There is something unsettling in the storytelling of No, a Chilean film, written and directed by Pablo Larraín to an unpublished play titled El Plebiscito by Antonio Skármeta. No covers about a month in 1988, during which Chile, under Pinochet, was subjected to an intense political advertising campaign. Atypical of a dictatorship, Pinochet, under international pressure, allowed the campaign to take place in preparation for a public vote, held to determine if he is to remain in power. Chilean citizens were to say Yes and see eight more years of Pinochet, or No, to remove him. It may be difficult for us, a democracy, to conceive why voting Yes would even be an option, but the film does a decent job showing that the call was not that simple. Despite his horrible acts during his presidency, Pinochet made Chile, at least for a while, a shining economy. Also, at the time, some Chileans felt the vote will anyhow be rigged, so getting people to come out and cast their choice was not that simple.
What makes No, the film, special, is its unique perspective. It follows a young promising advertising executive who guides the No campaign; a campaign organized by a coalition of the opposition parties. The plot further thrusts this character, René, played by the mesmerizing Mexican actor Gael García Bernal, against various opposing powers, including his own agency's boss, his ex-wife, members of his own campaign and, of course, the Pinochet administration of terror. Aside of its political aspects, No is also fascinating as an exercise in the art of advertising and the psychology behind it. Watching No, one may be reminded somewhat of the successful American TV series Mad Men.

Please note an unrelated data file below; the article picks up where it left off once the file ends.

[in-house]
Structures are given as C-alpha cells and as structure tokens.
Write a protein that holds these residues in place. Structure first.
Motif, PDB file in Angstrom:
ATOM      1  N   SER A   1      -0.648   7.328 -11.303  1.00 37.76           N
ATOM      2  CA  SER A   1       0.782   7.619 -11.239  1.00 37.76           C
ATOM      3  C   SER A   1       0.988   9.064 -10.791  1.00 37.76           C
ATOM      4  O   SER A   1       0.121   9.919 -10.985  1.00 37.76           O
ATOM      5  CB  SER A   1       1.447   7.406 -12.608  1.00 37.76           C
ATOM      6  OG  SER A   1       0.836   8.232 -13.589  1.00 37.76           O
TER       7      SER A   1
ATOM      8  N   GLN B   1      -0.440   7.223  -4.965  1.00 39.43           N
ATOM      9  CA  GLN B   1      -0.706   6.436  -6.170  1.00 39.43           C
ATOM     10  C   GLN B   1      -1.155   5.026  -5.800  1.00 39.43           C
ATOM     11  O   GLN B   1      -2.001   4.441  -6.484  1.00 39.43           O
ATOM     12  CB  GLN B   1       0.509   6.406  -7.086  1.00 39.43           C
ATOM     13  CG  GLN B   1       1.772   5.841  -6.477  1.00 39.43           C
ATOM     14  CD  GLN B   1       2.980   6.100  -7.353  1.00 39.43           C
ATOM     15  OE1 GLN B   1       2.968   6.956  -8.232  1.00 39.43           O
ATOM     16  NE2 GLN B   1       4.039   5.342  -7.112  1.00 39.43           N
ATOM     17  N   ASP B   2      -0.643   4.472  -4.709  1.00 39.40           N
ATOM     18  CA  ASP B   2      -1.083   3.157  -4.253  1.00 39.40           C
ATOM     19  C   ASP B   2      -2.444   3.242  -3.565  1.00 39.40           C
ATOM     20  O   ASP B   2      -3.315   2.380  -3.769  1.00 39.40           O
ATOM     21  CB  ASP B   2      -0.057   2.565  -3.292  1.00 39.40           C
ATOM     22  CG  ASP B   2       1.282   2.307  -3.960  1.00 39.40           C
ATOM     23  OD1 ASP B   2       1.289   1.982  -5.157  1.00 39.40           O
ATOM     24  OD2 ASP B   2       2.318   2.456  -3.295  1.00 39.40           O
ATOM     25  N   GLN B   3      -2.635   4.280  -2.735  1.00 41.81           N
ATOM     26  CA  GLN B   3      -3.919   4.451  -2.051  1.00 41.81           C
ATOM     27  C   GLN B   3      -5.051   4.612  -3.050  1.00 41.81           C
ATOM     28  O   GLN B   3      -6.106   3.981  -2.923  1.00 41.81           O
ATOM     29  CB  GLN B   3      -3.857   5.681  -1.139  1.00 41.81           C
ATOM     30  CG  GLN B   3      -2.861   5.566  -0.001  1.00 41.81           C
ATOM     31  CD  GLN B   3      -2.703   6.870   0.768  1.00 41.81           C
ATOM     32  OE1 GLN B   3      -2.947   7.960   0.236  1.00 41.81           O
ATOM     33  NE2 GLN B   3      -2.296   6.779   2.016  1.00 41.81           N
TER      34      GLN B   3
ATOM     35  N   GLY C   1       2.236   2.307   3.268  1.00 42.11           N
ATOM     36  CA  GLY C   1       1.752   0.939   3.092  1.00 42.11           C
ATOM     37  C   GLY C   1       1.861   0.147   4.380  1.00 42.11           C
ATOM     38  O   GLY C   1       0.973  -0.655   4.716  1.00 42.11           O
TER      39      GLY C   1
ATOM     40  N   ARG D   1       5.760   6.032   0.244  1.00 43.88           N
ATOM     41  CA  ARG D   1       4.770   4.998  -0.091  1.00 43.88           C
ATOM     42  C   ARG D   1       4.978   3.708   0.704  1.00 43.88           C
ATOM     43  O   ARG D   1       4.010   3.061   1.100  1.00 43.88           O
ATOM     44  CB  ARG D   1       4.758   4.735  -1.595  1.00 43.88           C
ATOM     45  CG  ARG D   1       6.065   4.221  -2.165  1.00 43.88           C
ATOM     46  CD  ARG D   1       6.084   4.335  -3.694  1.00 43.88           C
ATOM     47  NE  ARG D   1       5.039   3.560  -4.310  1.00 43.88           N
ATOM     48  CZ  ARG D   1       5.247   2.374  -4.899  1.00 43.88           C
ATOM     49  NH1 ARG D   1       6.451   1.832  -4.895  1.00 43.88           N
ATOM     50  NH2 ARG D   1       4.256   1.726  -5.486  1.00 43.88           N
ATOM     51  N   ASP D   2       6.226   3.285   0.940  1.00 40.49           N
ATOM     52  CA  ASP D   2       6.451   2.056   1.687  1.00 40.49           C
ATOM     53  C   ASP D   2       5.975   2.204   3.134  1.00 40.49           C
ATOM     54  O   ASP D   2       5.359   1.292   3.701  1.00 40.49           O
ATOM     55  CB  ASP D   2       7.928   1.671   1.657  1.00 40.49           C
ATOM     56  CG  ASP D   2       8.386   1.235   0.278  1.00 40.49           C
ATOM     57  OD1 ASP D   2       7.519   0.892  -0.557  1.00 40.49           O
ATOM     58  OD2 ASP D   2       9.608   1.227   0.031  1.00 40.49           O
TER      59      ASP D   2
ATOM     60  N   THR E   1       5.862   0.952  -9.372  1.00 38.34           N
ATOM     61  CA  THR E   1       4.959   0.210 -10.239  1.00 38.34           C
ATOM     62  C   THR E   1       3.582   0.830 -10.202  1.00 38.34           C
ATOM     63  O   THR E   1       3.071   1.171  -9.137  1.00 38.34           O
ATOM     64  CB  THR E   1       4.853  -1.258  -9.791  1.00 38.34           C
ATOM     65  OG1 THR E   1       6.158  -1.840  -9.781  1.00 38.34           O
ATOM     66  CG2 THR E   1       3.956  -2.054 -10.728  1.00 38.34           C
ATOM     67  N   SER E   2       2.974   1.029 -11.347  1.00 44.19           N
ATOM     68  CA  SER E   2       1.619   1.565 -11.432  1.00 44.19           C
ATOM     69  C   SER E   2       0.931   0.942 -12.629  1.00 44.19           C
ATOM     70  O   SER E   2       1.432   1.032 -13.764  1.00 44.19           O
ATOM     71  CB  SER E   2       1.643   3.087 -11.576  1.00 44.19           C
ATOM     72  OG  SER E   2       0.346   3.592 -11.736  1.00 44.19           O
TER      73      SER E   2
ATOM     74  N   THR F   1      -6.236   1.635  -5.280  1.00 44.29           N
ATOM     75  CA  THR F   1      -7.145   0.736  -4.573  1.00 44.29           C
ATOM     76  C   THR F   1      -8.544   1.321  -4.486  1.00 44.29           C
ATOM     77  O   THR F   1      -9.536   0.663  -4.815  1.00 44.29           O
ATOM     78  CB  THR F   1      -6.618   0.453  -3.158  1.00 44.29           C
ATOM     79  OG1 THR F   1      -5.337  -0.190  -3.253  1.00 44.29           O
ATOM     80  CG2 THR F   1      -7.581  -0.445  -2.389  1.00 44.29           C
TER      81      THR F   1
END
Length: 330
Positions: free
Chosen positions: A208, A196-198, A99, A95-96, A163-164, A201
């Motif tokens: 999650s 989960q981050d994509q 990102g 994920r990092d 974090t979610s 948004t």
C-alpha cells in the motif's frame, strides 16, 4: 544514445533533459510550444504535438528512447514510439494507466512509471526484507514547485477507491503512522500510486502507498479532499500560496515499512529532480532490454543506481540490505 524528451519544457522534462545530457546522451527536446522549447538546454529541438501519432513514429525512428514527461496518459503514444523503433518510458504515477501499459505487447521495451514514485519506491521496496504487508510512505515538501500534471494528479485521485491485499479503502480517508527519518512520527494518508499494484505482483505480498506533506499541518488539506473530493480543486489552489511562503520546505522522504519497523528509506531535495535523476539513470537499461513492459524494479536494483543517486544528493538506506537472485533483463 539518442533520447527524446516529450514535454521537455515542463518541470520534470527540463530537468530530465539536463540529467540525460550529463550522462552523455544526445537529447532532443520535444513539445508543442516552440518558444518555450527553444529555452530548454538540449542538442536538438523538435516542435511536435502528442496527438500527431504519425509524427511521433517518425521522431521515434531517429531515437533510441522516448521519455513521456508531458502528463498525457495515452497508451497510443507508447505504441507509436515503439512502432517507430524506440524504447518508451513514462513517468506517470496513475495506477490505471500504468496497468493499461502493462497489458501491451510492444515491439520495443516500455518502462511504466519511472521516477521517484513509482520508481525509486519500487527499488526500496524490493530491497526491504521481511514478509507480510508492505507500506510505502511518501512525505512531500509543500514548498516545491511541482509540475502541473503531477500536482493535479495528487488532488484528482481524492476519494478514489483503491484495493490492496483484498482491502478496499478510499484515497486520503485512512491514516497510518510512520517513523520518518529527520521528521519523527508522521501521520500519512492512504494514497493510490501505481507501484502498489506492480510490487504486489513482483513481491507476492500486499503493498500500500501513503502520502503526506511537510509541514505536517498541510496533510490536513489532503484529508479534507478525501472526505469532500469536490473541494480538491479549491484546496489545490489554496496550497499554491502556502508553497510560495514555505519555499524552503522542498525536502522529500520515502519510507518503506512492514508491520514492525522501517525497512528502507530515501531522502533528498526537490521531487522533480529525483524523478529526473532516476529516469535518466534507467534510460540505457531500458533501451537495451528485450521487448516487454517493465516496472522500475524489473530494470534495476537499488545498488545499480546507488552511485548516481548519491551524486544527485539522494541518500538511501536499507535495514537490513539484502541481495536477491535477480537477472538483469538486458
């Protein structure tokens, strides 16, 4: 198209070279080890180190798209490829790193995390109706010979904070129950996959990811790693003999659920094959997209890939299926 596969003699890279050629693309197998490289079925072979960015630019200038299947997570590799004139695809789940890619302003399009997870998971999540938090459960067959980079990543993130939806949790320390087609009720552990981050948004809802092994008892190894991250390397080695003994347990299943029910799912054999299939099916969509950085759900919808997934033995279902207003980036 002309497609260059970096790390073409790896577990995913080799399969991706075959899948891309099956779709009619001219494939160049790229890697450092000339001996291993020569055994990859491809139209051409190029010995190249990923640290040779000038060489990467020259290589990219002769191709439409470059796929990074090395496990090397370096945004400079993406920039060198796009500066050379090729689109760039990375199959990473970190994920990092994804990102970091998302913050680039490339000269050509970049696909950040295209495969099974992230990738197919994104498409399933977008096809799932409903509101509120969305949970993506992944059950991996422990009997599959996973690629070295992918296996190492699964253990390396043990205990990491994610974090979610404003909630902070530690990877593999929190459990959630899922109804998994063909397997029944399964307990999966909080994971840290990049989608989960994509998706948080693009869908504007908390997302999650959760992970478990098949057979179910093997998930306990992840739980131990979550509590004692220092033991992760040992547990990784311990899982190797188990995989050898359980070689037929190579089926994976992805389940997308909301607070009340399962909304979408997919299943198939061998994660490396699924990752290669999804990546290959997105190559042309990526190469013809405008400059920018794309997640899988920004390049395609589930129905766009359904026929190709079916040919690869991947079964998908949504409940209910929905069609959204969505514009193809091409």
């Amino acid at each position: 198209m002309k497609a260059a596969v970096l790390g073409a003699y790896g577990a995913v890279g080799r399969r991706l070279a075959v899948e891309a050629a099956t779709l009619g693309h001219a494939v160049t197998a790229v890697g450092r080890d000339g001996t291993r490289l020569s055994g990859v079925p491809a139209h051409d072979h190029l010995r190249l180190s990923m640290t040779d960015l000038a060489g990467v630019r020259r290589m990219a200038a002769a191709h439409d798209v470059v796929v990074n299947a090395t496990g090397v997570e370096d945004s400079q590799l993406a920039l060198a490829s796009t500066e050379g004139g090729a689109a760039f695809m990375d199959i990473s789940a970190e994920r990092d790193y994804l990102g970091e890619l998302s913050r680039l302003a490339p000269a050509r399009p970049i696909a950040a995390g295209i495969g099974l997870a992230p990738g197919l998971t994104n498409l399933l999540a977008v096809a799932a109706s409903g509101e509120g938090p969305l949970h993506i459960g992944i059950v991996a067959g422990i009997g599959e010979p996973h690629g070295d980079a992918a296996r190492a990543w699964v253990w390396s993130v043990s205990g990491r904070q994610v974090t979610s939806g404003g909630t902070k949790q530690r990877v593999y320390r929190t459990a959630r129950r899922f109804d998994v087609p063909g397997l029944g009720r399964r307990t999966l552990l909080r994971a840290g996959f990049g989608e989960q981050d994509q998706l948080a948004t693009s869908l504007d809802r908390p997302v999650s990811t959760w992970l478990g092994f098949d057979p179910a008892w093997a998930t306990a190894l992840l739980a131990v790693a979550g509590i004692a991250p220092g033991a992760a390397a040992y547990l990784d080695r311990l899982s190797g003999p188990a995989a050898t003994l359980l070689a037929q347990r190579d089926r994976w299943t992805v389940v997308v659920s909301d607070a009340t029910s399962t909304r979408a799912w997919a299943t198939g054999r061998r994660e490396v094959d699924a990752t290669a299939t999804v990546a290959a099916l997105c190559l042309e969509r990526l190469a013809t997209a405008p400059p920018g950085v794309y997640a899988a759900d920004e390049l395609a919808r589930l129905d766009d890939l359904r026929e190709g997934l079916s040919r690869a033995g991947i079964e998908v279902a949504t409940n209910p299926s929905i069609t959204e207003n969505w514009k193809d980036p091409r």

Director Larraín uses a very rough style of filmmaking, which does not only make the events feel more authentic, but also allows combing real footage from the time in a completely integrated manner. The style includes handheld camera, washed-out colors, usage of low definition 3/4 inch magnetic videotape, used by television news in Chile at the time, and quick cuts, increasing the nervousness of the plot. Despite its seriousness No includes several brief yet well-timed moments of comic relief.
It should be noted that this Academy Award nominated film was received to mixed reviews in Chile. Genaro Arriagada Herrera, who directed the real No campaign, felt the film ignored the grassroots movement of the time, and made it seem like the TV ads were all it took to make Chile rid of Pinochet. To its defense, the filmmaker claimed that this film is not a documentary but a work of art, focusing on specific aspects he wished to explore.
If you are interested in good intense drama, based on historical events, say Yes to No.